- initial costs are higher as cards need to be issued
- cards are lost and need to be replaced and deactivated. It is hard to do that with a finger.
- cards can be used by unauthorized people. Even paper systems are more secure because most people are poor forgers.
I know of a small operation who is looking into bio-metrics to cut down on paperwork. They are a manufacturing firm and have good employees.

I agree with you that the union has not made a valid case. With valid reasons for (costs, speed and fraud) and no real reasons against I come down on the for side.

Re:On the fence. (0)

Anonymous Coward | about 7 months ago | (#44870347)

I see you've made 13 comments on this one story so far, more than a quarter of the total comments. May I ask you what your personal interest is in this matter?

I happen to work somewhere that has implemented the biometric system. No, it is NOT quicker than punch-cards. It processes maybe 6-7 people a minute when it is working properly.

"taking industrial action" (1)

Vinegar Joe (998110) | about 7 months ago | (#44870065)

AKA "Going on strike"..........

Re:"taking industrial action" (5, Insightful)

GumphMaster (772693) | about 7 months ago | (#44870291)

No, not necessarily. They might adopt a strict work-to-rule regime where workers do absolutely nothing that is not by-the-book, no staying 10 minutes over time to finish a job, no doing a job without that is not covered explicitly in their work agreements, taking every minute of meal breaks, reporting every little maintenance task they find in glorious detail, etc.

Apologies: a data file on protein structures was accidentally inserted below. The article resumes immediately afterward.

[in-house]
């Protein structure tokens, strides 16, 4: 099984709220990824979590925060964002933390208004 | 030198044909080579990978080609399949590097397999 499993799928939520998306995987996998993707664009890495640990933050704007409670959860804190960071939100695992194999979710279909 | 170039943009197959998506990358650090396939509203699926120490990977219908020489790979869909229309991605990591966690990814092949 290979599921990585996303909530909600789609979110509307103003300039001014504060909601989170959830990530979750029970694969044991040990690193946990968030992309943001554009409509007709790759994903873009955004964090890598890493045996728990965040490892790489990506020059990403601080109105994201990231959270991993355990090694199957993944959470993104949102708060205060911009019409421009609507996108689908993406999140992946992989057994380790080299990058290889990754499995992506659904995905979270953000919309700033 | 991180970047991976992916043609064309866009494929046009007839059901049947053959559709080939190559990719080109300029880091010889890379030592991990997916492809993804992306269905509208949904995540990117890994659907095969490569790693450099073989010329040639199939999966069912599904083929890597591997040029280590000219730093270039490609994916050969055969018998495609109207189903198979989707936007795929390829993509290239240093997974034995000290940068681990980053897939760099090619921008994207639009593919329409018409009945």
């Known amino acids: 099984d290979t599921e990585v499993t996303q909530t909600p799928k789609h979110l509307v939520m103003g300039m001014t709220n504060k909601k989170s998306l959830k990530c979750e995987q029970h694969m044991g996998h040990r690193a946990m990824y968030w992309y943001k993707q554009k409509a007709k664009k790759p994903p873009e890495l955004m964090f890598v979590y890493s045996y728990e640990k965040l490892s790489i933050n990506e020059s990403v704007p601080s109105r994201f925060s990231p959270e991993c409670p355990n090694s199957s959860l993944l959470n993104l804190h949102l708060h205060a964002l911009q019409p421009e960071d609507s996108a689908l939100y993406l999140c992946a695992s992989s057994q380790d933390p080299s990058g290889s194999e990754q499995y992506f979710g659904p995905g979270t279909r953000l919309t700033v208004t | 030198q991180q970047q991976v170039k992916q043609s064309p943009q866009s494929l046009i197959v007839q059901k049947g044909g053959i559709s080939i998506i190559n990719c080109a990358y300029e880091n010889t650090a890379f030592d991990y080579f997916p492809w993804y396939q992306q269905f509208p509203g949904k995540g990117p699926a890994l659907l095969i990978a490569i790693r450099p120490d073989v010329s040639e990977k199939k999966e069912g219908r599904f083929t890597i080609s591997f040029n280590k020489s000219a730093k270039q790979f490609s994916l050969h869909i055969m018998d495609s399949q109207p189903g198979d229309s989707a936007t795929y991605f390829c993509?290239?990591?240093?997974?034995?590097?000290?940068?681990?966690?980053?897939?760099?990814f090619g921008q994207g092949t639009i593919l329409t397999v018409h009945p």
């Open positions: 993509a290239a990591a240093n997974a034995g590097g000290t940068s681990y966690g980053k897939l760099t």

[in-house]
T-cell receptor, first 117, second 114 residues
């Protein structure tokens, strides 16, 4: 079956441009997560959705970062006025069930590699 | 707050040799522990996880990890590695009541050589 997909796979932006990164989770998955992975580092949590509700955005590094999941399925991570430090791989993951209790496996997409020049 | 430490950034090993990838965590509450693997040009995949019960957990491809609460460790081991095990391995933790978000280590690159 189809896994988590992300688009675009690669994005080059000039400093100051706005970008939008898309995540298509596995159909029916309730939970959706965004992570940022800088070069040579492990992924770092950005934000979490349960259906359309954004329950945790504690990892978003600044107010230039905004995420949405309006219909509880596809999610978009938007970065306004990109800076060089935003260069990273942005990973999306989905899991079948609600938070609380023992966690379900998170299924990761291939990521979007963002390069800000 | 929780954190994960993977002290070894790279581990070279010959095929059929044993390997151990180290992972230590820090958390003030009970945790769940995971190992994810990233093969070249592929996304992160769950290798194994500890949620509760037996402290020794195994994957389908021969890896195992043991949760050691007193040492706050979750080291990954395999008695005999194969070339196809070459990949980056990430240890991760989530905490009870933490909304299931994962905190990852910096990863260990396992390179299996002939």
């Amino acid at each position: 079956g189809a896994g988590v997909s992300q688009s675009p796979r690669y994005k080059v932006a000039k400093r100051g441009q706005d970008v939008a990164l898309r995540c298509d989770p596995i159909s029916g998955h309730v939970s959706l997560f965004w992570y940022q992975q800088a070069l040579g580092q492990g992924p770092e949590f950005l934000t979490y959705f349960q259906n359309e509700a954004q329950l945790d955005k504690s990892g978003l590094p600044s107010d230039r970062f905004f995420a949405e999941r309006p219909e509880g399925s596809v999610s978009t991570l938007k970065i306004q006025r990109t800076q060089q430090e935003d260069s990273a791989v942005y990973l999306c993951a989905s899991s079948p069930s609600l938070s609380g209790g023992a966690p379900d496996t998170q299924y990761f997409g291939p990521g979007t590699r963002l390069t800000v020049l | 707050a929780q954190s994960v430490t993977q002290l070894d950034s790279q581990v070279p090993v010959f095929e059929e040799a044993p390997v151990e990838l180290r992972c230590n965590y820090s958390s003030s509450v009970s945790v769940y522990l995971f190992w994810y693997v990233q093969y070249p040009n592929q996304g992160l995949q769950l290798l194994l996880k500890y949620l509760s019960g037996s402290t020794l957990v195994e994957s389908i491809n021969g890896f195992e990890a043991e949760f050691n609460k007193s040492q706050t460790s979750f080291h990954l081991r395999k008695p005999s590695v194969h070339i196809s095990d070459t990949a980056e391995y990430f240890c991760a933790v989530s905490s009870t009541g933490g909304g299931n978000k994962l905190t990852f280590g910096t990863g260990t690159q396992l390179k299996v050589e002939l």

Re:"taking industrial action" (2)

mjwx (966435) | about 7 months ago | (#44870435)

No, not necessarily. They might adopt a strict work-to-rule regime where workers do absolutely nothing that is not by-the-book, no staying 10 minutes over time to finish a job, no doing a job without that is not covered explicitly in their work agreements, taking every minute of meal breaks, reporting every little maintenance task they find in glorious detail, etc.

Otherwise known as a "slow down". Everything checked and double checked, not an I left undotted or T left uncrossed... No matter how long it takes.

Slippery Slope (3, Interesting)

litehacksaur111 (2895607) | about 7 months ago | (#44870231)

This is exactly where technology like this will be deployed. They will say you know what it is just a slight inconvenience to the menial tube workers. Then eventually the government and other employers will hand out some no bid contract to some corporation to install these in all places as self identification methods. This technology must be fervently resisted before it is too late. If you don't believe me, just look at the how the TSA is expanding operations from airports to rail stations, highways, and bus depots.

Re:Slippery Slope (1)

jklovanc (1603149) | about 7 months ago | (#44870337)

Glad you admitted the "slippery slope" basis. Like all "slipper slope" [wikipedia.org] arguments this one is an informal fallacy. You last statement would be considered a "red herring", another informal fallacy, as the TSA has nothing to do with Underground cleaner time sheets.

Re:Slippery Slope (1)

Anonymous Coward | about 7 months ago | (#44870363)